Working with Words: Michelle Law

Michelle Law is a writer of fiction, non-fiction, theatre and film and TV. She is the co-author of Sh*t Asian Mothers Say, and her debut play, Single Asian Female, was staged at La Boite Theatre Company in 2017. Michelle spoke with us about freelance challenges, alternative careers in floristry and reading Jane Eyre as an isolated teen in regional Queensland.

What was the first piece of writing you had published?

Photograph of writer Michelle Law

It was a memoir essay in the anthology Growing Up Asian in Australia, edited by Alice Pung. The essay was about my childhood and coming to terms with being both Chinese and Australian.

What’s the best part of your job?

Being able to do what I already love – reading, and watching shows – and have it be considered a part of my job! I also love the feeling of excitement that comes with beginning new projects, as well as having the flexibility to make my own hours.

What’s the worst part of your job?

Waiting for invoices to be paid, and the flipside of making your own hours – never having designated weekends or holidays. You’re running your own business as a freelance writer, and the administration side of things can be pretty onerous.

What’s been the most significant moment in your writing career so far?

Having my play, Single Asian Female, staged earlier this year. It was the first full-length project I’d written, and gave me a feeling of legitimacy as a writer.

What’s the best (or worst) advice you’ve received about writing?

The best piece of advice I’ve heard applies to all creative industries, and it’s about knowing when to say no. Laurie Anderson says you should only do a project if it fulfils two of these three things: it’s interesting, it’s fun, or it pays money.

I clung to this character, [Jane Eyre] who was also very lonely, independent, and had a strong sense of self.

What’s the most surprising thing you’ve ever heard or read about yourself?

I think being told that I’m a bigot and reverse racist. Twitter is a beautiful place.

If you weren’t writing, what do you think you’d be doing instead?

I’ve thought about this a lot, and I’ve narrowed it down to a veterinarian, florist, makeup artist or pastry chef. I can’t choose just one, because I would love them all. This is probably why I write in so many different mediums.

Photo of Actors Hsiao-Ling Tang and Alex Lee in a scene from Michelle Law’s play, Single Asian Female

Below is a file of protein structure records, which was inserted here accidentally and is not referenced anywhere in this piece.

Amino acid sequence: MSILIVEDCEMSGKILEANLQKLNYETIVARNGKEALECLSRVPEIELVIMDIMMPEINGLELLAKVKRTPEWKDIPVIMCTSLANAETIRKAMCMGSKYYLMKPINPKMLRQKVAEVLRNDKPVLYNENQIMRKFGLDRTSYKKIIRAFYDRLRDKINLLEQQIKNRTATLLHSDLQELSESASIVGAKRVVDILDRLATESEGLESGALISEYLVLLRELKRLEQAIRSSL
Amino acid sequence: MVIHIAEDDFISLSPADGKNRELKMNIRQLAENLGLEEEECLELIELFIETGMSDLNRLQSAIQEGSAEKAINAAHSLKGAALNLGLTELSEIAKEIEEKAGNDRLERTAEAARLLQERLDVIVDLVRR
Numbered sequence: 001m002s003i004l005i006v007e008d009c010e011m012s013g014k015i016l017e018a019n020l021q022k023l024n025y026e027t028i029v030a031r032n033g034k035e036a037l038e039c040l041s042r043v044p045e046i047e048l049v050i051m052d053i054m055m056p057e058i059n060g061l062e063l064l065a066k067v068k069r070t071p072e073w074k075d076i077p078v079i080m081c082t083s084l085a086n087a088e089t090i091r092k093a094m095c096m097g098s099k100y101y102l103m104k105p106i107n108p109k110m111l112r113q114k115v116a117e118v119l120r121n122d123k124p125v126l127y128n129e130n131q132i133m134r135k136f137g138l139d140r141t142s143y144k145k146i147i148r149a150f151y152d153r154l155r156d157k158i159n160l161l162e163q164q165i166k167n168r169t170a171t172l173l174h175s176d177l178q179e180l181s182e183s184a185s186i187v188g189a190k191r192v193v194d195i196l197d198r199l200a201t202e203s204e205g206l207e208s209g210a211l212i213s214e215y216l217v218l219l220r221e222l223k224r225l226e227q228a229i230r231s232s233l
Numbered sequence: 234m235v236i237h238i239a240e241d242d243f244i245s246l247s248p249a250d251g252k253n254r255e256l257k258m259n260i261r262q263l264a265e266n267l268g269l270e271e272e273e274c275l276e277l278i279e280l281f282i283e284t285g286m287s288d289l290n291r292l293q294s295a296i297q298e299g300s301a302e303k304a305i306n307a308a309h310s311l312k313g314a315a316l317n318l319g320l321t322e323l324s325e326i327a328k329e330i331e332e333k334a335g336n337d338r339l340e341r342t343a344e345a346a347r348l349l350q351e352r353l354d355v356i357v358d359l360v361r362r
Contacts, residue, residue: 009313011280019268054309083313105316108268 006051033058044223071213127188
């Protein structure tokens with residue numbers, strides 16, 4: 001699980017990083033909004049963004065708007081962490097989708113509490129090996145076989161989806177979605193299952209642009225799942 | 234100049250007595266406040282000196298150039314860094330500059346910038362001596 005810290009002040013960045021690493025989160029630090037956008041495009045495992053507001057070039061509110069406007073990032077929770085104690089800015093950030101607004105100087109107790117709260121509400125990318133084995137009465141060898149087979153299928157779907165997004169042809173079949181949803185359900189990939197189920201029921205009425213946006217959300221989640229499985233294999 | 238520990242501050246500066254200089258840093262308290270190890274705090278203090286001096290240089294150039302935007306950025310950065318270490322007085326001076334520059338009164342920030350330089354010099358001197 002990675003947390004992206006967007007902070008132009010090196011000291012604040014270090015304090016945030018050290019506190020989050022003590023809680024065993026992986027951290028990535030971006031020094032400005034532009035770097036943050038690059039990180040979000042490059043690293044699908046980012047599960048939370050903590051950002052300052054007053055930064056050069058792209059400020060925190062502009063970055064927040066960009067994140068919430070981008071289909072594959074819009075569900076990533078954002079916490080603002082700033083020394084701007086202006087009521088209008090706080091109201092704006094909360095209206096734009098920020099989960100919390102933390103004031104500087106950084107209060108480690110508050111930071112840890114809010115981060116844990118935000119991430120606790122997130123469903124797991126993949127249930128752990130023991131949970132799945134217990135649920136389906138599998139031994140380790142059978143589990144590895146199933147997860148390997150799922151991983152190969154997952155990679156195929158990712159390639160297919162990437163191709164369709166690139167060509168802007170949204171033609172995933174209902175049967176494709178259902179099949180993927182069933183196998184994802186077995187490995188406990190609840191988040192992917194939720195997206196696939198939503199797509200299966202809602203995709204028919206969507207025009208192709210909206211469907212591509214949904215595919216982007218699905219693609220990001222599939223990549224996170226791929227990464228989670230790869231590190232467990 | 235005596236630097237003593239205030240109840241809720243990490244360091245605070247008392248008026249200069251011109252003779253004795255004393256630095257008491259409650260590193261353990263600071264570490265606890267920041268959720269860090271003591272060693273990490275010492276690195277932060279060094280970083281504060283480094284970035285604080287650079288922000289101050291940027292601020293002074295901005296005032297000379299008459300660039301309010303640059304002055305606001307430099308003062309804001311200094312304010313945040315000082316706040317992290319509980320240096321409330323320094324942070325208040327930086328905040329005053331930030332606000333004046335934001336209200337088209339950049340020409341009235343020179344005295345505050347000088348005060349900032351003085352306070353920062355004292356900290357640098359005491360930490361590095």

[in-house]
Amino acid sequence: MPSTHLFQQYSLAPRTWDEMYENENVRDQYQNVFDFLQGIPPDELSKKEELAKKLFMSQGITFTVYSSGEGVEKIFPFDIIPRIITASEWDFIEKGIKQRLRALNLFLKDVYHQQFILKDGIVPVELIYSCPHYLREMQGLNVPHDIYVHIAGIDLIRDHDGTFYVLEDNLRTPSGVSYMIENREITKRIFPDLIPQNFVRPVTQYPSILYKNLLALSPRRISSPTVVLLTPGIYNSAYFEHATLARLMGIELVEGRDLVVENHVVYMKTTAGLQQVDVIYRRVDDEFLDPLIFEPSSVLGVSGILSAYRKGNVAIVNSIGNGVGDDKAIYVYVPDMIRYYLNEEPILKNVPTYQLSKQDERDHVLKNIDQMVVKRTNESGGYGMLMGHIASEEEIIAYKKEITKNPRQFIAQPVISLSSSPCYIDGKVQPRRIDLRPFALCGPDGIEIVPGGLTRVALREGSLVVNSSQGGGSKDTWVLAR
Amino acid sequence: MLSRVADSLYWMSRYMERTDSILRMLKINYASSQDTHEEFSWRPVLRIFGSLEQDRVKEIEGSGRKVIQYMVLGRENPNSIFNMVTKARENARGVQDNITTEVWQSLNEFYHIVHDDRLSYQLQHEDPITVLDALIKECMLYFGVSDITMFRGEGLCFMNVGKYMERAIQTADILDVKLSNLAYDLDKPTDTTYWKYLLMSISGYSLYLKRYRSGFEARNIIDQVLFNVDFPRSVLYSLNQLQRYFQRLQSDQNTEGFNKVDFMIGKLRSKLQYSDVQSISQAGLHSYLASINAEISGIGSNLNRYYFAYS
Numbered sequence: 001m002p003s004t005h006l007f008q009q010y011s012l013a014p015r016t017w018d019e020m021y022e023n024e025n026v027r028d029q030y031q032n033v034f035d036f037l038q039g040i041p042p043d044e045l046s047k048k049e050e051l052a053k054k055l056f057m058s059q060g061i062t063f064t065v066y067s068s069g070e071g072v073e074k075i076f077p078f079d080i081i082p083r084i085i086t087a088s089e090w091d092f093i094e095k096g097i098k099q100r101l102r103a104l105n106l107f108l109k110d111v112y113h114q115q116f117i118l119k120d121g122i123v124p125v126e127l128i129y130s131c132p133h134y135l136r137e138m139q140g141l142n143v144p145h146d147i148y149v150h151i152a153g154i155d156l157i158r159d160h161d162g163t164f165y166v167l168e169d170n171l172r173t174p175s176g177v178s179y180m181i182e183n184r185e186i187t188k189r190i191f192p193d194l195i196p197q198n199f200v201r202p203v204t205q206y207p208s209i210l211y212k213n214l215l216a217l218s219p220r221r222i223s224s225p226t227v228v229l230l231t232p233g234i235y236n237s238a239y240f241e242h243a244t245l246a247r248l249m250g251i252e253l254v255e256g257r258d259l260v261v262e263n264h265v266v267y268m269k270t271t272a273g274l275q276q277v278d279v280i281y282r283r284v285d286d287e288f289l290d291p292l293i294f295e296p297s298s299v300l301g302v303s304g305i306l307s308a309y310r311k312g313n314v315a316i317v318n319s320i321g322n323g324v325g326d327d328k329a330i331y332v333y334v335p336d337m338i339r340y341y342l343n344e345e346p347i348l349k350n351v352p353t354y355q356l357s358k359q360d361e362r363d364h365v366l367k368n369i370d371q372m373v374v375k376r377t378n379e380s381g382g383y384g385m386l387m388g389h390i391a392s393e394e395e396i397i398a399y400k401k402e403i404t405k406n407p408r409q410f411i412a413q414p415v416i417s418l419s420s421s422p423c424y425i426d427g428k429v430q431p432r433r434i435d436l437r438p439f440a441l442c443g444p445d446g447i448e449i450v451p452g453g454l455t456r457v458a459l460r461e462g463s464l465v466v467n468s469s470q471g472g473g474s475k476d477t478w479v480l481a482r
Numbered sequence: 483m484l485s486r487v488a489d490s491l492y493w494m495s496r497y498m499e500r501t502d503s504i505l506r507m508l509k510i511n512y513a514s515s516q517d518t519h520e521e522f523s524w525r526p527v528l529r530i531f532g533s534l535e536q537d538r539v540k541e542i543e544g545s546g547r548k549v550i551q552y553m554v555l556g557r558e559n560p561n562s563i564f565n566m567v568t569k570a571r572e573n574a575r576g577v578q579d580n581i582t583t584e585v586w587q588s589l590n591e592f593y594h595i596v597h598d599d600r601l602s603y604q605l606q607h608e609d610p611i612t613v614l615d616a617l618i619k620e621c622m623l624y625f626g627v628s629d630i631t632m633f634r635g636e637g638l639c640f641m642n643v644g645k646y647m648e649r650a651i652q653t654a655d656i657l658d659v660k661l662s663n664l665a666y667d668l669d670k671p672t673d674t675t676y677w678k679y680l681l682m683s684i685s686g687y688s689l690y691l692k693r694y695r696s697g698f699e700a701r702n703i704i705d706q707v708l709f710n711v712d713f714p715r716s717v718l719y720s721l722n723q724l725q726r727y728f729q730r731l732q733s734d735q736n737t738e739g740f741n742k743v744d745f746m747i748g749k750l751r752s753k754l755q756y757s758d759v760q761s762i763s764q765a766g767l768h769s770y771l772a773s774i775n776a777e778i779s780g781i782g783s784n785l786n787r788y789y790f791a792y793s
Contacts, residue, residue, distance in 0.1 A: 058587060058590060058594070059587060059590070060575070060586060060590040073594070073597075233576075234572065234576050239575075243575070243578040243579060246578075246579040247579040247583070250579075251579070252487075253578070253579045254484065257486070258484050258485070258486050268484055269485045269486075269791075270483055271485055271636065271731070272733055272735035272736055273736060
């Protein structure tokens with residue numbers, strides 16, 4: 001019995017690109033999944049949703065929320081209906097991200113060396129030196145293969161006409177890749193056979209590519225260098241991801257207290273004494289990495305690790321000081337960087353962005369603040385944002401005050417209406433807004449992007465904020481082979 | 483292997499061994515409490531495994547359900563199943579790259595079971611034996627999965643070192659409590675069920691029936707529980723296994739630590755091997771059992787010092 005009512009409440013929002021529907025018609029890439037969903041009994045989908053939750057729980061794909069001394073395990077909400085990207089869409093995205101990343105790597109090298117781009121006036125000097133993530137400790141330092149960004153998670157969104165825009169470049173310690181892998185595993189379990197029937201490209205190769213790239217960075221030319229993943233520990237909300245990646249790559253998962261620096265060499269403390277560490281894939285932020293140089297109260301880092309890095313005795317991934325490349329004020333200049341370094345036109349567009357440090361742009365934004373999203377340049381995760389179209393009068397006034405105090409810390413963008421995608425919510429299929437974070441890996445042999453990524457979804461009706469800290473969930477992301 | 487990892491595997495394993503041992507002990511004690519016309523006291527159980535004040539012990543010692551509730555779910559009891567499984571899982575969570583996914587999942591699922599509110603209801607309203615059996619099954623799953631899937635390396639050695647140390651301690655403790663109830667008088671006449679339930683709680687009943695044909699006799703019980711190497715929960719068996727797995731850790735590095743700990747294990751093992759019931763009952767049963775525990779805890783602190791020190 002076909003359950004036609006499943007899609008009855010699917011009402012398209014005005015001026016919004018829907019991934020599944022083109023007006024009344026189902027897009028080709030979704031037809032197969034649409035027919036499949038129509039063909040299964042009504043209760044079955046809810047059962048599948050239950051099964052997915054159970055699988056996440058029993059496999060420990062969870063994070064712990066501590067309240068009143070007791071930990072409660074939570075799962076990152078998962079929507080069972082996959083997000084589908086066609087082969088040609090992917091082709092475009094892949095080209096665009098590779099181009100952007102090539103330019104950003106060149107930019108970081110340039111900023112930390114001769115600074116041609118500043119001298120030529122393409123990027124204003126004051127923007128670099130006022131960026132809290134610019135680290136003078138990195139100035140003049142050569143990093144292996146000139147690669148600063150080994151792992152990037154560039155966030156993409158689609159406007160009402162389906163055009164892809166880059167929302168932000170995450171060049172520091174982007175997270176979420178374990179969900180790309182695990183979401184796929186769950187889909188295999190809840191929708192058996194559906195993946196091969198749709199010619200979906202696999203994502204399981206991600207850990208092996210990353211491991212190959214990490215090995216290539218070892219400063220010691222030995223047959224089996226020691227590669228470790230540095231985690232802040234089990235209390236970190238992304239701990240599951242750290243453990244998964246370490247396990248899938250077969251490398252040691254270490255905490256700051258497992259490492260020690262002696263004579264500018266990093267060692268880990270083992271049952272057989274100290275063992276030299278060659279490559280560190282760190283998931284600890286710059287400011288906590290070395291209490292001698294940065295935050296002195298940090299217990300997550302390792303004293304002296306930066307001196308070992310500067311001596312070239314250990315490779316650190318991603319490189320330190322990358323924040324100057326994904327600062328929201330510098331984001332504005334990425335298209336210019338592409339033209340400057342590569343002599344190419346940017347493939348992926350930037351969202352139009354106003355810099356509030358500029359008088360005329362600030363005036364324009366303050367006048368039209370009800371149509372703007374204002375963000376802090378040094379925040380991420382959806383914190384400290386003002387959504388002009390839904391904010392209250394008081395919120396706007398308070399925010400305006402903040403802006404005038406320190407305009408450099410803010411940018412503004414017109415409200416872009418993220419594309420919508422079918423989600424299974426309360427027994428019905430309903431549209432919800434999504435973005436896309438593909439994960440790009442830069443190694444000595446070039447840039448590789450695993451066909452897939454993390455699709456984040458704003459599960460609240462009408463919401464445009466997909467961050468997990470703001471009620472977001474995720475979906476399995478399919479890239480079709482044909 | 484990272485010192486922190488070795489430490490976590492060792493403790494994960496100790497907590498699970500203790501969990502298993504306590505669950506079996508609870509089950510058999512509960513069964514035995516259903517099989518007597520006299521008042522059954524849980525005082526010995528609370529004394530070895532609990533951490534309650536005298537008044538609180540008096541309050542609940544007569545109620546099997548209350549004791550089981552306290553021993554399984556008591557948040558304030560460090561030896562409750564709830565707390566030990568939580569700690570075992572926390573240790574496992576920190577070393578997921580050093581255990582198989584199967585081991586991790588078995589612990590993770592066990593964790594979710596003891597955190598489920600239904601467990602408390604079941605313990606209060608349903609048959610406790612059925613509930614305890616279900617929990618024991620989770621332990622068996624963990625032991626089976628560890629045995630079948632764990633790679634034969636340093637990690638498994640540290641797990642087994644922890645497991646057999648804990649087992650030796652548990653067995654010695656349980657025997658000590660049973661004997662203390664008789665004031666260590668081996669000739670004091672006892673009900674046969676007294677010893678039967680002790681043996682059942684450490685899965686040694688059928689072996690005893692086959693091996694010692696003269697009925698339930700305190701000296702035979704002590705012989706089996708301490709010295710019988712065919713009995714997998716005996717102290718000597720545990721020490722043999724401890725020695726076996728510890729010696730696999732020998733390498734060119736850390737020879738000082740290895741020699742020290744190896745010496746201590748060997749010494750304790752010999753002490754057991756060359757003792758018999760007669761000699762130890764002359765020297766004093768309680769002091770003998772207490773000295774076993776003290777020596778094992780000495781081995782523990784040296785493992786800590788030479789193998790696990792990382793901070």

Actors Hsiao-Ling Tang and Alex Lee in a scene from Michelle Law’s play, Single Asian Female, presented by La Boite Theatre. Photo — Dylan Evans

There’s much debate on whether creative writing can be taught – what’s your view?

Writing skills can be taught, but the hard work and persistence required to write only comes with practice. I think there are also people who are naturally good at writing or have an innate sense for story, and studying creative writing is an excellent way to hone that talent.

The best piece of advice I’ve heard applies to all creative industries, and it’s about knowing when to say no.

What’s your advice for someone wanting to be a writer?

Read. Go to writer’s festivals and book launches. Find a community of other writers. Do short courses or long courses if possible. Set yourself goals. And try to write every day, even if it’s just a paragraph.

Do you buy your books online, in a physical bookshop, or both?

I used to be a bookseller and love browsing in person, so I buy from physical bookshops. But I’ll buy online if I need something urgently or it’s tricky to find.

If you could go out to dinner with any fictional character, who would it be and why? 

Lyra from Philip Pullman’s His Dark Materials series. I’ve always looked up to her as an example of a loving, courageous and flawed female protagonist. I’d probably ask her about how she feels towards her parents, who her friends are and if she still visits her and Will’s bench.

What’s the book that’s had the most significant impact on your life or work – and why?

Jane Eyre has had the most significant impact on my life, because it was the first piece of literature that I felt profoundly connected to. I read it in my final year of high school and, as someone who already felt like a fish out of water growing up as an Asian kid in regional Queensland, I clung to this character who was also very lonely, independent, and had a strong sense of self. I thought if I could make someone feel an ounce of that connection through my own work, writing was worth a shot.

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